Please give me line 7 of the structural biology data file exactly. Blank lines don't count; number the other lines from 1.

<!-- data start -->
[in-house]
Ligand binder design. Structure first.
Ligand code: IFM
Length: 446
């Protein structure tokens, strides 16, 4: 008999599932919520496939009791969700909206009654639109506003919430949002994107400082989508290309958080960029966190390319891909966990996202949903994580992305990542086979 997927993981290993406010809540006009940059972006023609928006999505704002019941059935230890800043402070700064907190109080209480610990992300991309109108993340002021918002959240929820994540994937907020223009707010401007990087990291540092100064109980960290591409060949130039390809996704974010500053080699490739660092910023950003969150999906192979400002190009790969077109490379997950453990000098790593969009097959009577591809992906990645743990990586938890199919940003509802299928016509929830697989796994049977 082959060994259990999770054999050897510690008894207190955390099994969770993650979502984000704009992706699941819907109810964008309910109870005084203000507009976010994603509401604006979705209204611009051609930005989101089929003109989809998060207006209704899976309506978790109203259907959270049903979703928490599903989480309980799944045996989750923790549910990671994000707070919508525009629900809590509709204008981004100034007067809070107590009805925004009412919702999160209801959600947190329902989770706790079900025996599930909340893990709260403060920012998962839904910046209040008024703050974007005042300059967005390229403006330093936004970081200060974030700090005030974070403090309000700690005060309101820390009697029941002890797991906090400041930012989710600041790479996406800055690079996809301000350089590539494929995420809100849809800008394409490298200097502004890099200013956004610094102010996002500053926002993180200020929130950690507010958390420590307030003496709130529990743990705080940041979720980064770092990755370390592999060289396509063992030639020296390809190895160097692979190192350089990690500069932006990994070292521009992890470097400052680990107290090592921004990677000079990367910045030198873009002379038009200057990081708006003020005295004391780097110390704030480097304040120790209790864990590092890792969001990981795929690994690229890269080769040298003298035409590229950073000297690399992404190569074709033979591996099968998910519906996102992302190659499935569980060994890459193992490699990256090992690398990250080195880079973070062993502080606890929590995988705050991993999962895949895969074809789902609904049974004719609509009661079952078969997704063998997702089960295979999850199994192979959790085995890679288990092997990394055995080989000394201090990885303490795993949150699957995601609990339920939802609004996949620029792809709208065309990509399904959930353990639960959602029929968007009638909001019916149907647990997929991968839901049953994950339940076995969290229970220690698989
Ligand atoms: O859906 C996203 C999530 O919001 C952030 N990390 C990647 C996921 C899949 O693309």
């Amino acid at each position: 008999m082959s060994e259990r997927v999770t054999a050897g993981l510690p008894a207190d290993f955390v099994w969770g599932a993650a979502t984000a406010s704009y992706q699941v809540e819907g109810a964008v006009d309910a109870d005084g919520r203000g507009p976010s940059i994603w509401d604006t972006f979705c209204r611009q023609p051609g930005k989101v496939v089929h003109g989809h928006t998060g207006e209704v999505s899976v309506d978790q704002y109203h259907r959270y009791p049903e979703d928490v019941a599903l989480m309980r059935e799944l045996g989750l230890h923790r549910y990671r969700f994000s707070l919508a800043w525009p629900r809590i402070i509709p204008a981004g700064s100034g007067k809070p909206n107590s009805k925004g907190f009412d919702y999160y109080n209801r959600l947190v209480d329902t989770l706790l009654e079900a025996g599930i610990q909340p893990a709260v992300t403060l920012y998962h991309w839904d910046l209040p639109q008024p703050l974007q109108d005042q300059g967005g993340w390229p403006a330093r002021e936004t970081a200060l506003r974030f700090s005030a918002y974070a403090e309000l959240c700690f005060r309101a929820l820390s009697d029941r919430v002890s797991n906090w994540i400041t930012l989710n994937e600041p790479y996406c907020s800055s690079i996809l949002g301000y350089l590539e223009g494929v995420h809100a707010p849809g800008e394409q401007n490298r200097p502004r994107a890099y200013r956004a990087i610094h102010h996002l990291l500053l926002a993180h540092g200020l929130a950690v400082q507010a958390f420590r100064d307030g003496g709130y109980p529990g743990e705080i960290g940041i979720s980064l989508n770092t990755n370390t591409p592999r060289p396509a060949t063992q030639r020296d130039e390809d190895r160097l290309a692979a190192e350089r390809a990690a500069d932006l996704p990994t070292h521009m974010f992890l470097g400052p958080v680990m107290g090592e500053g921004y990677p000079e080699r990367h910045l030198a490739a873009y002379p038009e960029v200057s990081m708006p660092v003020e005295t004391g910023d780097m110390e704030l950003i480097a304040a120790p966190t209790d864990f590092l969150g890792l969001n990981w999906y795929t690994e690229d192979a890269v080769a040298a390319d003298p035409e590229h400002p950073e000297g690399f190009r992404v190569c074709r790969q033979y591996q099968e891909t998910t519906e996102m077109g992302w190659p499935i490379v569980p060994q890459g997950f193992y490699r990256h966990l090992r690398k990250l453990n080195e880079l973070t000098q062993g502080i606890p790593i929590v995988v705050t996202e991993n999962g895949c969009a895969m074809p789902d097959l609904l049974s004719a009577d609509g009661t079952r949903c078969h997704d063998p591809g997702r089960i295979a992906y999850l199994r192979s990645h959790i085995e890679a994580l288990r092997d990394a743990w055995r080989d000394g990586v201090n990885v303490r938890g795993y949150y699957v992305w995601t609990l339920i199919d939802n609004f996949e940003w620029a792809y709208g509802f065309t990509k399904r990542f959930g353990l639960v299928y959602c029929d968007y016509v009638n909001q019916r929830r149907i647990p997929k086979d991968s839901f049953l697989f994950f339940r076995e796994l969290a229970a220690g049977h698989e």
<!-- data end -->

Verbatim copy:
């Amino acid at each position: 008999m082959s060994e259990r997927v999770t054999a050897g993981l510690p008894a207190d290993f955390v099994w969770g599932a993650a979502t984000a406010s704009y992706q699941v809540e819907g109810a964008v006009d309910a109870d005084g919520r203000g507009p976010s940059i994603w509401d604006t972006f979705c209204r611009q023609p051609g930005k989101v496939v089929h003109g989809h928006t998060g207006e209704v999505s899976v309506d978790q704002y109203h259907r959270y009791p049903e979703d928490v019941a599903l989480m309980r059935e799944l045996g989750l230890h923790r549910y990671r969700f994000s707070l919508a800043w525009p629900r809590i402070i509709p204008a981004g700064s100034g007067k809070p909206n107590s009805k925004g907190f009412d919702y999160y109080n209801r959600l947190v209480d329902t989770l706790l009654e079900a025996g599930i610990q909340p893990a709260v992300t403060l920012y998962h991309w839904d910046l209040p639109q008024p703050l974007q109108d005042q300059g967005g993340w390229p403006a330093r002021e936004t970081a200060l506003r974030f700090s005030a918002y974070a403090e309000l959240c700690f005060r309101a929820l820390s009697d029941r919430v002890s797991n906090w994540i400041t930012l989710n994937e600041p790479y996406c907020s800055s690079i996809l949002g301000y350089l590539e223009g494929v995420h809100a707010p849809g800008e394409q401007n490298r200097p502004r994107a890099y200013r956004a990087i610094h102010h996002l990291l500053l926002a993180h540092g200020l929130a950690v400082q507010a958390f420590r100064d307030g003496g709130y109980p529990g743990e705080i960290g940041i979720s980064l989508n770092t990755n370390t591409p592999r060289p396509a060949t063992q030639r020296d130039e390809d190895r160097l290309a692979a190192e350089r390809a990690a500069d932006l996704p990994t070292h521009m974010f992890l470097g400052p958080v680990m107290g090592e500053g921004y990677p000079e080699r990367h910045l030198a490739a873009y002379p038009e960029v200057s990081m708006p660092v003020e005295t004391g910023d780097m110390e704030l950003i480097a304040a120790p966190t209790d864990f590092l969150g890792l969001n990981w999906y795929t690994e690229d192979a890269v080769a040298a390319d003298p035409e590229h400002p950073e000297g690399f190009r992404v190569c074709r790969q033979y591996q099968e891909t998910t519906e996102m077109g992302w190659p499935i490379v569980p060994q890459g997950f193992y490699r990256h966990l090992r690398k990250l453990n080195e880079l973070t000098q062993g502080i606890p790593i929590v995988v705050t996202e991993n999962g895949c969009a895969m074809p789902d097959l609904l049974s004719a009577d609509g009661t079952r949903c078969h997704d063998p591809g997702r089960i295979a992906y999850l199994r192979s990645h959790i085995e890679a994580l288990r092997d990394a743990w055995r080989d000394g990586v201090n990885v303490r938890g795993y949150y699957v992305w995601t609990l339920i199919d939802n609004f996949e940003w620029a792809y709208g509802f065309t990509k399904r990542f959930g353990l639960v299928y959602c029929d968007y016509v009638n909001q019916r929830r149907i647990p997929k086979d991968s839901f049953l697989f994950f339940r076995e796994l969290a229970a220690g049977h698989e």